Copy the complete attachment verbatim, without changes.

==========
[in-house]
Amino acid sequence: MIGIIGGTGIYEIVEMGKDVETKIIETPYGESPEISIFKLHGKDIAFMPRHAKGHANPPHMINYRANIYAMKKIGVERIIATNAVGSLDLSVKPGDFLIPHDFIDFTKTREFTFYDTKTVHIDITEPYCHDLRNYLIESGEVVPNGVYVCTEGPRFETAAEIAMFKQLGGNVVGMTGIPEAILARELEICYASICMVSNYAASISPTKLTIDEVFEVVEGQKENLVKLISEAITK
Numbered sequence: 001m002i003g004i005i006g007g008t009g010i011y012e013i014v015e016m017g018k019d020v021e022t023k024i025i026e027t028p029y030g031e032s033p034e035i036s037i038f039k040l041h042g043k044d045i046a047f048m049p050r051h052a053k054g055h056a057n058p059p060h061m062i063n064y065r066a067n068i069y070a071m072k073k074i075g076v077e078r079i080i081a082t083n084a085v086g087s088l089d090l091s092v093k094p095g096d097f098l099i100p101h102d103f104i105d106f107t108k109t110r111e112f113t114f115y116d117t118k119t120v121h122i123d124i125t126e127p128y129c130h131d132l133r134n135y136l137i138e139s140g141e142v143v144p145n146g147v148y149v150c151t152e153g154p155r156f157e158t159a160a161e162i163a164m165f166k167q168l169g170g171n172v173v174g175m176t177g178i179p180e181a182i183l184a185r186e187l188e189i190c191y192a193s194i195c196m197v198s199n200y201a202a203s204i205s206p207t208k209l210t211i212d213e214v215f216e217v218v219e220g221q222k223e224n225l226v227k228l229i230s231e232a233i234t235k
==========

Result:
[in-house]
Amino acid sequence: MIGIIGGTGIYEIVEMGKDVETKIIETPYGESPEISIFKLHGKDIAFMPRHAKGHANPPHMINYRANIYAMKKIGVERIIATNAVGSLDLSVKPGDFLIPHDFIDFTKTREFTFYDTKTVHIDITEPYCHDLRNYLIESGEVVPNGVYVCTEGPRFETAAEIAMFKQLGGNVVGMTGIPEAILARELEICYASICMVSNYAASISPTKLTIDEVFEVVEGQKENLVKLISEAITK
Numbered sequence: 001m002i003g004i005i006g007g008t009g010i011y012e013i014v015e016m017g018k019d020v021e022t023k024i025i026e027t028p029y030g031e032s033p034e035i036s037i038f039k040l041h042g043k044d045i046a047f048m049p050r051h052a053k054g055h056a057n058p059p060h061m062i063n064y065r066a067n068i069y070a071m072k073k074i075g076v077e078r079i080i081a082t083n084a085v086g087s088l089d090l091s092v093k094p095g096d097f098l099i100p101h102d103f104i105d106f107t108k109t110r111e112f113t114f115y116d117t118k119t120v121h122i123d124i125t126e127p128y129c130h131d132l133r134n135y136l137i138e139s140g141e142v143v144p145n146g147v148y149v150c151t152e153g154p155r156f157e158t159a160a161e162i163a164m165f166k167q168l169g170g171n172v173v174g175m176t177g178i179p180e181a182i183l184a185r186e187l188e189i190c191y192a193s194i195c196m197v198s199n200y201a202a203s204i205s206p207t208k209l210t211i212d213e214v215f216e217v218v219e220g221q222k223e224n225l226v227k228l229i230s231e232a233i234t235k